icon-arrow-down icon icon-arrow-fill-down icon icon-arrow-next icon icon-arrow-prev icon icon-tag-close icon
I'm scared to have another!
Q: My husband and I have been thinking about having another child, but we have concerns. My morning sickness was so bad during my first pregnancy that I was hospitalized twice and lost 20 pounds. At six and a half months I was put on bed rest and medication for preterm labor. Then I developed high blood pressure severe enough to require an induction at 35 weeks. Will these problems come back if I have another baby? The nurses at my obstetrician's office told me to ask the doctor. I can't get an appointment with him just to talk, as he's extremely busy and sees only high-risk pregnancy patients.
A: I can understand your apprehensions about having a second child. In my experience, many women with your type of obstetric history have complications with the next pregnancy. Preterm labor recurs around 30 percent of the time, for example. And caring for a child while coping with a complicated pregnancy adds extra demands and stresses, and requires the participation of a well-established support network.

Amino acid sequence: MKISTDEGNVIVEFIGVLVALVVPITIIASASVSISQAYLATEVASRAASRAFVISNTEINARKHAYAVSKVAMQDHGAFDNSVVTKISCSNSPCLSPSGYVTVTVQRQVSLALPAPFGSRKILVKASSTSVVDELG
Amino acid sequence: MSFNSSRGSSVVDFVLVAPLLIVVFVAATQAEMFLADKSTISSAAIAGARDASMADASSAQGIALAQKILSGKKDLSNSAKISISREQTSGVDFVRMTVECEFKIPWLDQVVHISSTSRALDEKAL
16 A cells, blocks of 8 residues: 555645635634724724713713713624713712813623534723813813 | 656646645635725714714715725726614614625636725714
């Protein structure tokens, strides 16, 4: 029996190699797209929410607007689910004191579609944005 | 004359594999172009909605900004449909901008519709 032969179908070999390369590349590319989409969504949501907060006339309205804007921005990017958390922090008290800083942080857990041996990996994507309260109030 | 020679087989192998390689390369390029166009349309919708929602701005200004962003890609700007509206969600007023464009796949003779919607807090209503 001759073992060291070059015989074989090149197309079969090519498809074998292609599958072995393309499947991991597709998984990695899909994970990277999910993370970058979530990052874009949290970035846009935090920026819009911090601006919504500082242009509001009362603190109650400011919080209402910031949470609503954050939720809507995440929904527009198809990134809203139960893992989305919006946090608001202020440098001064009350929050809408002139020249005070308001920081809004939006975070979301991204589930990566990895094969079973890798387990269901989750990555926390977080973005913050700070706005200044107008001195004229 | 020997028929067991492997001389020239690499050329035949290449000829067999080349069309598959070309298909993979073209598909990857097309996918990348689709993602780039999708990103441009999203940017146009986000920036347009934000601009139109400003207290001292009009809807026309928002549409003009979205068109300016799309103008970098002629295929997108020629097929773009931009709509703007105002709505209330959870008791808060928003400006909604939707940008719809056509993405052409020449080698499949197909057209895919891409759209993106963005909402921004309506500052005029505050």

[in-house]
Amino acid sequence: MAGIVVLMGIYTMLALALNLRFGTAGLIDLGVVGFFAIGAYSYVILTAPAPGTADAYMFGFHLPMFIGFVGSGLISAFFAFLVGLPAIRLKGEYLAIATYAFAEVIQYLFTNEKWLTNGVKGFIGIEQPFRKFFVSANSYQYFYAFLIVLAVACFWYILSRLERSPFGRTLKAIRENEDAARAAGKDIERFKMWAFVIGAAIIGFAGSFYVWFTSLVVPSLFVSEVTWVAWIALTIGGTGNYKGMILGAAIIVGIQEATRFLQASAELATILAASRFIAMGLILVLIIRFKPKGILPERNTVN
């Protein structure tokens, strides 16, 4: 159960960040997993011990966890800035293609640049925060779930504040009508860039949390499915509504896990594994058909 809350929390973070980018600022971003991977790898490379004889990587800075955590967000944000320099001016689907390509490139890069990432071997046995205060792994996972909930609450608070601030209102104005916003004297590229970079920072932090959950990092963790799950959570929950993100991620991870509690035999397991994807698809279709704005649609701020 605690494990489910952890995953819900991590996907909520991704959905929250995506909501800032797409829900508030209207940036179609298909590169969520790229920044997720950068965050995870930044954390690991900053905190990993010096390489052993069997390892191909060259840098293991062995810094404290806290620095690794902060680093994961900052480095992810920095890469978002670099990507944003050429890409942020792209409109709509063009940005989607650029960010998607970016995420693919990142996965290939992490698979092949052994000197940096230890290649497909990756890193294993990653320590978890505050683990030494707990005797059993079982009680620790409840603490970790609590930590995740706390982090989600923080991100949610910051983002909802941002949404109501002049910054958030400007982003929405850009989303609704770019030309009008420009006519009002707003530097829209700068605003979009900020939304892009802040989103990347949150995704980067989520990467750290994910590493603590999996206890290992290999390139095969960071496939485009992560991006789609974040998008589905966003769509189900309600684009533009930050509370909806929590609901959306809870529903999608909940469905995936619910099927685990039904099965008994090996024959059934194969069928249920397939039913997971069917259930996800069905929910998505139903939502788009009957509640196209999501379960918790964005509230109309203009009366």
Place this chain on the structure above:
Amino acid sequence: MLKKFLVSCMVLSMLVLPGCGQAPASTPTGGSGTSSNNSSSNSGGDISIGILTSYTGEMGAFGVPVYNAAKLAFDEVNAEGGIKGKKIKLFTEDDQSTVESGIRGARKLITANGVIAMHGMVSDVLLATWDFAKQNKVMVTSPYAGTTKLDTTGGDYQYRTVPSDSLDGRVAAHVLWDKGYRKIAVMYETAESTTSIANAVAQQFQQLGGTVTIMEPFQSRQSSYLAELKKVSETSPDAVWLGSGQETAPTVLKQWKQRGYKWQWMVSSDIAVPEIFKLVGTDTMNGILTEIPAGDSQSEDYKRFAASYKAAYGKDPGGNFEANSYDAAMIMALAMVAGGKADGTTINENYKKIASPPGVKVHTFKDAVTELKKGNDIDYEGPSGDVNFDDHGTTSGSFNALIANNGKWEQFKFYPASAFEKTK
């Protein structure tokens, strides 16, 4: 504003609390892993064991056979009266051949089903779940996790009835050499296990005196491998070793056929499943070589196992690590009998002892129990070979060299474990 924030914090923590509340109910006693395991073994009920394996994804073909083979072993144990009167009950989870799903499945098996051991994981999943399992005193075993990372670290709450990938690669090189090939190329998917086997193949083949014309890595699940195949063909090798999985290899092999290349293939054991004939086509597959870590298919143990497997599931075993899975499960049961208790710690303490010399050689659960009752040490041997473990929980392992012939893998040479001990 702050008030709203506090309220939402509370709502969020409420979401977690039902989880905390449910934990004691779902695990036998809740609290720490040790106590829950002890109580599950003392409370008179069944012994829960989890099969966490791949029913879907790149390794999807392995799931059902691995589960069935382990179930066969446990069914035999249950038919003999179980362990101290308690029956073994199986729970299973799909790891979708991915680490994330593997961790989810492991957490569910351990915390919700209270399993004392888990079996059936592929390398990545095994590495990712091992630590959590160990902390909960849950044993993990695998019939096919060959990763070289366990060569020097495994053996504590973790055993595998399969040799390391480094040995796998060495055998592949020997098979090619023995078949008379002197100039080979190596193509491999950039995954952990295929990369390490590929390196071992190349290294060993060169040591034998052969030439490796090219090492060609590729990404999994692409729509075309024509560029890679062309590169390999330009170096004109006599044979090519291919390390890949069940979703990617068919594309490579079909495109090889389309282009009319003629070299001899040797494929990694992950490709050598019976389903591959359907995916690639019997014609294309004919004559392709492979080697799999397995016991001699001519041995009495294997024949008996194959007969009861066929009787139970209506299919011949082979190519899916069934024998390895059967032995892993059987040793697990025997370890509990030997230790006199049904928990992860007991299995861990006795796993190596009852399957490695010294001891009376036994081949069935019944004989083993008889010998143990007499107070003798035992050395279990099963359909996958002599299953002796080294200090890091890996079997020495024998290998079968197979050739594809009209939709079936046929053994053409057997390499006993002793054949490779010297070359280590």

You absolutely need to talk in detail to a specialist about your first pregnancy. You should discuss the risk of complications in your next pregnancy, and find out if there are any ways you can reduce your chances of further complications. For example, could increasing your weight prior to pregnancy help you maintain normal weight during pregnancy? Would taking mineral supplements lower your chance of having pregnancy-induced hypertension?

If you think you obstetrician is too busy to discuss these issues with you, get a copy of your medical records and consult with a perinatologist, an obstetrician who specializes in high-risk pregnancies. You and your husband should discuss your concerns with an expert before you conceive. You may choose to schedule more than one consultation: one with your current OB and another with a perinatologist. Once you have received appropriate counseling, you and your husband can decide whether the benefit of having another child outweigh the risks of another pregnancy.

Laura E. Stachel M.D. Obstetrician & Gynecologist